Over the past few years, interest has risen in digital-first banking, blockchain technology, automation and the concept of digital banking profiles. And as we head into the 2020s, we’ll see further transformation in the industry and there is an exciting
opportunity for banks to differentiate themselves in order to attract and retain deposits. Let’s look at the key trends impacting our market.
In 2019, we saw the US launch of the Apple Card and Goldman Sachs’ online savings account Marcus. Both use digital client onboarding, so I expect in 2020 we will see an acceleration of this trend towards digitalization.
Banks will also be looking to move towards humanless, more automated processes during 2020. They need to focus on creating a completely digital account opening process and manage data centrally far more effectively for a faster, frictionless service.
Banks that have been slower to adapt need to get further along the digital transformation path as soon possible, so they can start offering a more streamlined client experience in order to compete, retain customers and gain market share.
And to do that, their systems need to be up to the job.
Banks must deal with legacy IT issues
Many banks will still be operating with legacy technology in the 2020s. Legacy systems add a high-level of friction to the customer journey. There’s a continued pressure on banks to reduce the amount of unnecessary touchpoints with their customers, but legacy
structures are not designed for this way of banking in 2020.
The drive towards digital transformation is there, but generic IT suppliers in the banking sector just aren’t delivering the solutions. Therefore, banks need to work with specialist financial IT solutions providers to streamline the customer experience.
Digital profiles will play a key role in Commercial, Business and Retail banking
Over the next decade, I expect to see digital profiles come into play in a big way. Individuals will have a digital banking profile that’s tightly secured and managed. I see a future where we’ll be just as accustomed to using our digital banking profiles as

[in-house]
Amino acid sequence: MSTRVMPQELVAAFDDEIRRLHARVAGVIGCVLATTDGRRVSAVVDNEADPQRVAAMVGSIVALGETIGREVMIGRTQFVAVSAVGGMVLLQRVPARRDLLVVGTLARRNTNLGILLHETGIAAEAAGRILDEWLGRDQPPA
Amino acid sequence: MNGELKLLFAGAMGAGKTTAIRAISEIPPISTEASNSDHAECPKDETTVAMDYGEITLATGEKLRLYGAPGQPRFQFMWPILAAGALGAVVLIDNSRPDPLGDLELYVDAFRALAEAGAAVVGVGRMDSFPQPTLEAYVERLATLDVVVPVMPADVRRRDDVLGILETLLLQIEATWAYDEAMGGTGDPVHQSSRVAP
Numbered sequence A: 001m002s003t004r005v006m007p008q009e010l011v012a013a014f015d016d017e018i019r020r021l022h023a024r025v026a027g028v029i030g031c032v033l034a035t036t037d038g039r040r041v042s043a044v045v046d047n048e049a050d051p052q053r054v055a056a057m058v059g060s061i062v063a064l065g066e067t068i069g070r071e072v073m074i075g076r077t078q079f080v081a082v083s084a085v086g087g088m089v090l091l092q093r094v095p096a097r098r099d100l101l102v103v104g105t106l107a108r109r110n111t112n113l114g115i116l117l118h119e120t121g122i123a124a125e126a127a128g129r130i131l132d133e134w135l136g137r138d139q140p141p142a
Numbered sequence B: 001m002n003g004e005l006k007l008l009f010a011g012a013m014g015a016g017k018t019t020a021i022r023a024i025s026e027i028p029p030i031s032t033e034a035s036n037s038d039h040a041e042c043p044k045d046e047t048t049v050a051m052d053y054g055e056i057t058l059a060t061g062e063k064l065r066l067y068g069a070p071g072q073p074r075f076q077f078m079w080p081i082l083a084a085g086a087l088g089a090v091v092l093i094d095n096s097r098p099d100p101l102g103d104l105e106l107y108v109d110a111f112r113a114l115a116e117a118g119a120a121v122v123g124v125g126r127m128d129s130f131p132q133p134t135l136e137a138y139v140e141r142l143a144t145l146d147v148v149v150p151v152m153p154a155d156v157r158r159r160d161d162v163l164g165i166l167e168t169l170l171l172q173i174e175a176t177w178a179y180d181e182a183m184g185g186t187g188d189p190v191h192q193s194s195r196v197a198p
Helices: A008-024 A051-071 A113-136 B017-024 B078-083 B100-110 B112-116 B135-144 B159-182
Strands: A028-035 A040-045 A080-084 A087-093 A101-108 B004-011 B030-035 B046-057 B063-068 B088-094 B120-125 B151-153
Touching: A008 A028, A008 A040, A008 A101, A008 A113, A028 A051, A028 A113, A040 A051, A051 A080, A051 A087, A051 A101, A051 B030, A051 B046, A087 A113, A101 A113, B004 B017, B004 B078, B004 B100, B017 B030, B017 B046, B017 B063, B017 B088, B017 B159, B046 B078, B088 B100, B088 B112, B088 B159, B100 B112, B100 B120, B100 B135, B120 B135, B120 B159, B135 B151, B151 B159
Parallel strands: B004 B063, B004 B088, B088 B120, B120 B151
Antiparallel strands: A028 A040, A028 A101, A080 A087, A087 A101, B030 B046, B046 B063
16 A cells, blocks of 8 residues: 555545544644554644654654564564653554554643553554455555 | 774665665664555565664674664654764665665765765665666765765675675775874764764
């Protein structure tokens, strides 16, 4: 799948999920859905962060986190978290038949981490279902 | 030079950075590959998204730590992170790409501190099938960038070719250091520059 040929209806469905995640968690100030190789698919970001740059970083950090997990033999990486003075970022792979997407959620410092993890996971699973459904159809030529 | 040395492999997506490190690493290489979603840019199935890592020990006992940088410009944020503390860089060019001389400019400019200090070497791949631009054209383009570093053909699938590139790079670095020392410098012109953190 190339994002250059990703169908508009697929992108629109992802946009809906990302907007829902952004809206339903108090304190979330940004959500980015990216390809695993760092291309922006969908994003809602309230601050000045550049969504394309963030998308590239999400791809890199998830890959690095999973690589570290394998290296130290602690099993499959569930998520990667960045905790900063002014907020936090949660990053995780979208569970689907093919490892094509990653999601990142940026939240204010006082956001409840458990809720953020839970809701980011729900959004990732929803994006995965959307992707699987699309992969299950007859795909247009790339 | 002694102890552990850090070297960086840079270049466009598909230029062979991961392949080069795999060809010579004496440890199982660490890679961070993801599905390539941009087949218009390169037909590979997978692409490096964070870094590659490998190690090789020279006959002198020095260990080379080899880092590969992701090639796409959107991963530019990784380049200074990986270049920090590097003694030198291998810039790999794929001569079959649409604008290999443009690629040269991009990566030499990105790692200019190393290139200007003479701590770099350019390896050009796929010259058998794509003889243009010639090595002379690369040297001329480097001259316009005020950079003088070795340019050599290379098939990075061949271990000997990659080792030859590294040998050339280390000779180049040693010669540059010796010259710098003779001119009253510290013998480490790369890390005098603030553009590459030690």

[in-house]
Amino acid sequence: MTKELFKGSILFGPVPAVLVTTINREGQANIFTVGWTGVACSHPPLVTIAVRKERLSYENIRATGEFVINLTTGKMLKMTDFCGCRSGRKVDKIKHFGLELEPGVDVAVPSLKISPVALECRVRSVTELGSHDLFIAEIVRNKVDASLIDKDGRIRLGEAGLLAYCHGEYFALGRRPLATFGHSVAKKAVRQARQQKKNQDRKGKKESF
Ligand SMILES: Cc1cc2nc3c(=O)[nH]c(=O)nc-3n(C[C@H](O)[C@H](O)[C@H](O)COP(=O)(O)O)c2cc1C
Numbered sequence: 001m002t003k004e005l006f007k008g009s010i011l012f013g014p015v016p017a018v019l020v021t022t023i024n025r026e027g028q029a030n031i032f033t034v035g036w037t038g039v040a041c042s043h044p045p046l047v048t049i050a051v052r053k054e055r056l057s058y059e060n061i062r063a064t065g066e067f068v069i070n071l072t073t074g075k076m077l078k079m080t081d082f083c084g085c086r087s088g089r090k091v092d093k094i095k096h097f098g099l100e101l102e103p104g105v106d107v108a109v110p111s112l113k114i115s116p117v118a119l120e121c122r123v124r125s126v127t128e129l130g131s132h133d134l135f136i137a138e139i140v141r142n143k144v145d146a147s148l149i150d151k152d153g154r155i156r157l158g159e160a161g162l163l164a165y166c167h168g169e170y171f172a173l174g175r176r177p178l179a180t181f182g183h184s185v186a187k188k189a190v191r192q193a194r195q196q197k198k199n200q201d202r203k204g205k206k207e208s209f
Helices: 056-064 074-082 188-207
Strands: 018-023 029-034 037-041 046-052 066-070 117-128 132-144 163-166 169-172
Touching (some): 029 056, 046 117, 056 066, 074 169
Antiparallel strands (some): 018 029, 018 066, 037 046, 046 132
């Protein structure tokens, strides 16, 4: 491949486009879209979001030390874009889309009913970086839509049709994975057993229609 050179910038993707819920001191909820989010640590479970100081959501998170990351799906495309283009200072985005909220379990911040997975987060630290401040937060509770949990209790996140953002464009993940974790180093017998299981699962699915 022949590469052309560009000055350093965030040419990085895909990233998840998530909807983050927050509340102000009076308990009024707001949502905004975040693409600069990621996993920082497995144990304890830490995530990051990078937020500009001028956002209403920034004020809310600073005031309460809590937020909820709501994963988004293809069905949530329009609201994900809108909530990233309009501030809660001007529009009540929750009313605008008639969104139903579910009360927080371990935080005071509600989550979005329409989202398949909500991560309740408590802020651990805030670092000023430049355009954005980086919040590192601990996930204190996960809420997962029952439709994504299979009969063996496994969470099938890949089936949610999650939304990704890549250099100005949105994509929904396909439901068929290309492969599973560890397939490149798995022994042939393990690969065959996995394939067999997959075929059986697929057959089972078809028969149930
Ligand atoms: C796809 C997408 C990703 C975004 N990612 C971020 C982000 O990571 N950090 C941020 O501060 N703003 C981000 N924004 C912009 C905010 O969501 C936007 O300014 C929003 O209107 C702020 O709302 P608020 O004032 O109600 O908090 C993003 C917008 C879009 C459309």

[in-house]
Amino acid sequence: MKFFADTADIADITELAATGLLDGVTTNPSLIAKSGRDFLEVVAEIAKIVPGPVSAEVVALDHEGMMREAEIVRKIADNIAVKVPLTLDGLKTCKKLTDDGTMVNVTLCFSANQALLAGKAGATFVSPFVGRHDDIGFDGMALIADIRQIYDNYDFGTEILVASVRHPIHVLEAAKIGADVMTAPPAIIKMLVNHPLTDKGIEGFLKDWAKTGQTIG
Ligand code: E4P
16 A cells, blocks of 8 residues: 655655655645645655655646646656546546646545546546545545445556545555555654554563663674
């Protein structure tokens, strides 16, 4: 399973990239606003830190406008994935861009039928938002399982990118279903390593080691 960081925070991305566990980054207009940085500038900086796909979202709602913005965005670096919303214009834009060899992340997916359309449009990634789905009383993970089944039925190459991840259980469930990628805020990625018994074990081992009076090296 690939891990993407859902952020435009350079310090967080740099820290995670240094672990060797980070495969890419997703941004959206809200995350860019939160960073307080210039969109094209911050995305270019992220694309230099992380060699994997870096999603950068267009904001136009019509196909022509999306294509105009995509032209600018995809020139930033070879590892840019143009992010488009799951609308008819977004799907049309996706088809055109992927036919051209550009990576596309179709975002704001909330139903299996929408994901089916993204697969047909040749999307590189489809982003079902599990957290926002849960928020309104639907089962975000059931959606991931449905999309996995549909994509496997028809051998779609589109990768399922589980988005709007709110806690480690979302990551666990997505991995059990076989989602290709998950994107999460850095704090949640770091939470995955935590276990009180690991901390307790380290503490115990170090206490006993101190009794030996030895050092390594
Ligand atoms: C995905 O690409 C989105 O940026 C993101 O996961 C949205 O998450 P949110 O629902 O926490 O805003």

we are to our professional profiles on LinkedIn, or email and social media platforms in previous decades. And this digital profile will make it much easier for people to move their information across banks and financial institutions and open accounts more
easily. In many ways, you could say that banking will become part of our digital identities.
We’ll see enhanced security around digital banking with technologies such as blockchain widely used. Blockchain could play a key role in client onboarding and authentication, for example, as part of banks’ Know Your Customer (KYC) processes.
We will continue to see increased pressure to make sure banks have a real-time holistic view of the customer not just from KYC standpoint but transaction monitoring standpoint. Those things combine to make up the overall risk of a client to the organization.
Data-led approaches will be a key area of interest
Banks will be interested in innovation and differentiating themselves and their offering from their competitors. Many will see the benefit of using a platform to take care of the operational tasks, such as client onboarding, KYC and Anti-Money Laundering (AML),
so they can focus their own efforts on creating stand-out offerings.
It doesn’t make sense to pour time and talent into handling those operational tasks, when they can be so easily be taken care of via a solution, such as those provided by Fenergo. It’s smarter to focus effort and budget on value-add activities, because ultimately,
it’s going to be those differentiators that determine whether banks win and retain customers.
Overall, I expect to see forward-thinking banks making stronger, more strategic decisions as we head into the next decade. Change is coming and those that embrace it and use it to their advantage can look forward to an exciting future.
Is your organization in good digital shape as we begin this exciting new decade?